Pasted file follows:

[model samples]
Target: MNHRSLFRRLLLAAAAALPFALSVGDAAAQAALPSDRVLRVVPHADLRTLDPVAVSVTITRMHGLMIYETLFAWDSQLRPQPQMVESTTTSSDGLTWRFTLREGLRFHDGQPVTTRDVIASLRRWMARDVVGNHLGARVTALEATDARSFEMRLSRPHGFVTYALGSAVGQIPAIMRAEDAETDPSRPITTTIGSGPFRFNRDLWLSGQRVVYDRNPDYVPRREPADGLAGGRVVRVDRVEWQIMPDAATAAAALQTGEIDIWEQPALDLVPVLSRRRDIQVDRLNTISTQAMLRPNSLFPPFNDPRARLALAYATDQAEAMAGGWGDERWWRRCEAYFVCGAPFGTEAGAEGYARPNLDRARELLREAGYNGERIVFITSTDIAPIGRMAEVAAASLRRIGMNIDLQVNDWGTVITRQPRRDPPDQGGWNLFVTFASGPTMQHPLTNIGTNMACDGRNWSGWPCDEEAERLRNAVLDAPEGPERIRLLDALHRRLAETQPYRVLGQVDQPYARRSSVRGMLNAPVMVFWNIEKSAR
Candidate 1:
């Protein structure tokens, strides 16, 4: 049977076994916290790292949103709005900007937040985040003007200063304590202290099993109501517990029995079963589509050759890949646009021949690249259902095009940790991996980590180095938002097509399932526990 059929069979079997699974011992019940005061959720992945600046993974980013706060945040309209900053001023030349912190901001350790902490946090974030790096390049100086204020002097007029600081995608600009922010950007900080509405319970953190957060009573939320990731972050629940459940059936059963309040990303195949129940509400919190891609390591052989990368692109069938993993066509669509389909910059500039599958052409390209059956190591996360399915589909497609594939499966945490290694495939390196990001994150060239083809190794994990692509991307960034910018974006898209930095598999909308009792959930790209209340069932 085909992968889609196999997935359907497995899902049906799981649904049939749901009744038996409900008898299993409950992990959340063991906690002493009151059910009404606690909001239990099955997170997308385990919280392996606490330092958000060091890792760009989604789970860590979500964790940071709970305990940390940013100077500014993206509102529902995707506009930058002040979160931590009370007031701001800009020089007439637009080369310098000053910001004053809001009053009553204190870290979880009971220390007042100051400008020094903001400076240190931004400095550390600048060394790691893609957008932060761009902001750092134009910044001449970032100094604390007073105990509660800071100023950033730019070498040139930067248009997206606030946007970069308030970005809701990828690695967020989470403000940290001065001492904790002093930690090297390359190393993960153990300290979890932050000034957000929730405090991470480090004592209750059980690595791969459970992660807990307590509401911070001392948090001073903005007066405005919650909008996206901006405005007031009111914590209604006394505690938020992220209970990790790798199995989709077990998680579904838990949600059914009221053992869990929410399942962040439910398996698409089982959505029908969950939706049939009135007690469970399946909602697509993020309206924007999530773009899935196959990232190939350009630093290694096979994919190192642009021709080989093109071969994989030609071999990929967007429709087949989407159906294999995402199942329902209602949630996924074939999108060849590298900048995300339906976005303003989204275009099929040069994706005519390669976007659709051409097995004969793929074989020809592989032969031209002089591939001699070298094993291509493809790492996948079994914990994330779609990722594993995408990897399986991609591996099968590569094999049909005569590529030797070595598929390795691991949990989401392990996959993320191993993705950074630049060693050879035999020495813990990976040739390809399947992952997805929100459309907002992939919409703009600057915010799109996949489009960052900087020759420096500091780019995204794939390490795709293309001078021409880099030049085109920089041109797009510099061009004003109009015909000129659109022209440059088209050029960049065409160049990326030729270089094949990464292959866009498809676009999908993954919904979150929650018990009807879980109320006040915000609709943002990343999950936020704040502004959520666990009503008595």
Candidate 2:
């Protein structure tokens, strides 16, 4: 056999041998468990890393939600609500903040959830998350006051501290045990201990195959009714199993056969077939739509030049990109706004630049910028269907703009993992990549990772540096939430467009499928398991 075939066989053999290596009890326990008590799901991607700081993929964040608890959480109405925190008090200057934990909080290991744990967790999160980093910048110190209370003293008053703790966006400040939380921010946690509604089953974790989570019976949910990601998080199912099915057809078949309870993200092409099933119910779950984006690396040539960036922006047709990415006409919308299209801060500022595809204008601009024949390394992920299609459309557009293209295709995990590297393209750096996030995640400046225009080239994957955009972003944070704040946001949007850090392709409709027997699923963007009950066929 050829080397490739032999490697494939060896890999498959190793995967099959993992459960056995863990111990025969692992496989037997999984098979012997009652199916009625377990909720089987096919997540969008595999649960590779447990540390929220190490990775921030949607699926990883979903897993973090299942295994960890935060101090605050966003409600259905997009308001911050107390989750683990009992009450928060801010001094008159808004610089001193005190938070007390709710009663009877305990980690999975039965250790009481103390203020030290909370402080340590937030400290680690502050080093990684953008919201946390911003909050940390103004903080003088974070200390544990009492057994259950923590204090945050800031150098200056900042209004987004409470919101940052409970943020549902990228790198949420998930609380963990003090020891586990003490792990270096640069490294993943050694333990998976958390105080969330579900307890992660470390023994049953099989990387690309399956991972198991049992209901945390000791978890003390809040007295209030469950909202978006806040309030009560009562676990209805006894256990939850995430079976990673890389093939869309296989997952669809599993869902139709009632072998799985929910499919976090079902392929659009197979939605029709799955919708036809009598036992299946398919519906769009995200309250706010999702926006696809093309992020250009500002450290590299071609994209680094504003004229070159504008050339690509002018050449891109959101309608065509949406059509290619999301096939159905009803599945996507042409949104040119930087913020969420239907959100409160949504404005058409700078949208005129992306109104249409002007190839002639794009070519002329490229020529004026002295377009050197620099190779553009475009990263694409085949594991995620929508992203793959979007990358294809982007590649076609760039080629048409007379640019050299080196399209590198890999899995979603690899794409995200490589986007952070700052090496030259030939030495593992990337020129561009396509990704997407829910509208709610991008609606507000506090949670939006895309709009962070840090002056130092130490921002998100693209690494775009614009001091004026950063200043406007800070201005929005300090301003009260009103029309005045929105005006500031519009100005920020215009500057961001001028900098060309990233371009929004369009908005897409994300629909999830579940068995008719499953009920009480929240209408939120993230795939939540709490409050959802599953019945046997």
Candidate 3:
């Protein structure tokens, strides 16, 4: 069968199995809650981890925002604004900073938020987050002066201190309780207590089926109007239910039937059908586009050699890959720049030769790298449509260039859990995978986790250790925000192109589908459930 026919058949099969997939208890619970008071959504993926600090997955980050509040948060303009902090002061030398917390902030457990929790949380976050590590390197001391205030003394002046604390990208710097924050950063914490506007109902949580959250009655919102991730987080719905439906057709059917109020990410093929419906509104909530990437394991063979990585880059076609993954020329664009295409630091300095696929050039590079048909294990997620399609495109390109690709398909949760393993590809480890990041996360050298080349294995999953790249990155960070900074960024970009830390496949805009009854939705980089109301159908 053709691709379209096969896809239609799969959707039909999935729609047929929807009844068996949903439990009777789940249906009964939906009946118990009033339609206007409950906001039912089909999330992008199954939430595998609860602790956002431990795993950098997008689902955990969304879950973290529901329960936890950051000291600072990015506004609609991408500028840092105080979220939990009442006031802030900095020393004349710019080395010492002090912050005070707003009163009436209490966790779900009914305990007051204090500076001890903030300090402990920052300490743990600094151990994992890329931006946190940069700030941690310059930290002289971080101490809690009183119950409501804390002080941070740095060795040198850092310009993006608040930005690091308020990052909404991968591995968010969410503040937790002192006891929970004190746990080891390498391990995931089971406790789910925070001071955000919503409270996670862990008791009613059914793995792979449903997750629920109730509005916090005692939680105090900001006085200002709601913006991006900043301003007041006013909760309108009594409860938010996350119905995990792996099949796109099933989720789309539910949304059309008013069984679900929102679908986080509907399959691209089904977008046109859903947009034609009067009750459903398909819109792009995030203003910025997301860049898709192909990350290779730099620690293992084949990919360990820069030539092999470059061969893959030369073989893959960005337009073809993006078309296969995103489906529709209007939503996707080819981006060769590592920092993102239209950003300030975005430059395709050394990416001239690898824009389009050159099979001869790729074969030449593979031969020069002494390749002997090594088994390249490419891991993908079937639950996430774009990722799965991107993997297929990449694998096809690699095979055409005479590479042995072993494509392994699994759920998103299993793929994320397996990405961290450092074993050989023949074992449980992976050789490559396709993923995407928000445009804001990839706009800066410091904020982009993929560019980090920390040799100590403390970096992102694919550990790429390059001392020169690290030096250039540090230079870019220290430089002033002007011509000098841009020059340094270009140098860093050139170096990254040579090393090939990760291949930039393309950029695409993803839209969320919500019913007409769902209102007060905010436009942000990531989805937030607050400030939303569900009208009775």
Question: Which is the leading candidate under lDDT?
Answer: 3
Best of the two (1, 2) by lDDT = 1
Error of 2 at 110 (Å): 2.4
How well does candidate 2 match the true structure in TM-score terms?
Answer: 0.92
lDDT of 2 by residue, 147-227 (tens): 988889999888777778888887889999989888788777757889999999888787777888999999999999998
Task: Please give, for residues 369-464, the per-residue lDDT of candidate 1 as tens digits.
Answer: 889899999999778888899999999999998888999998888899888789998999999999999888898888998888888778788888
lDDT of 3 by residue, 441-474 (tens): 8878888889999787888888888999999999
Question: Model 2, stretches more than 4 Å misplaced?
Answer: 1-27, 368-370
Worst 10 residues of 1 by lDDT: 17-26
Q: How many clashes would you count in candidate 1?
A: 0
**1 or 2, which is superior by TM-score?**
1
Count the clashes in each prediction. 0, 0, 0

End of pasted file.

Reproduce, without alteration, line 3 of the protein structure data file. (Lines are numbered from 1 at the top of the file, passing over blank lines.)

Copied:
Candidate 1: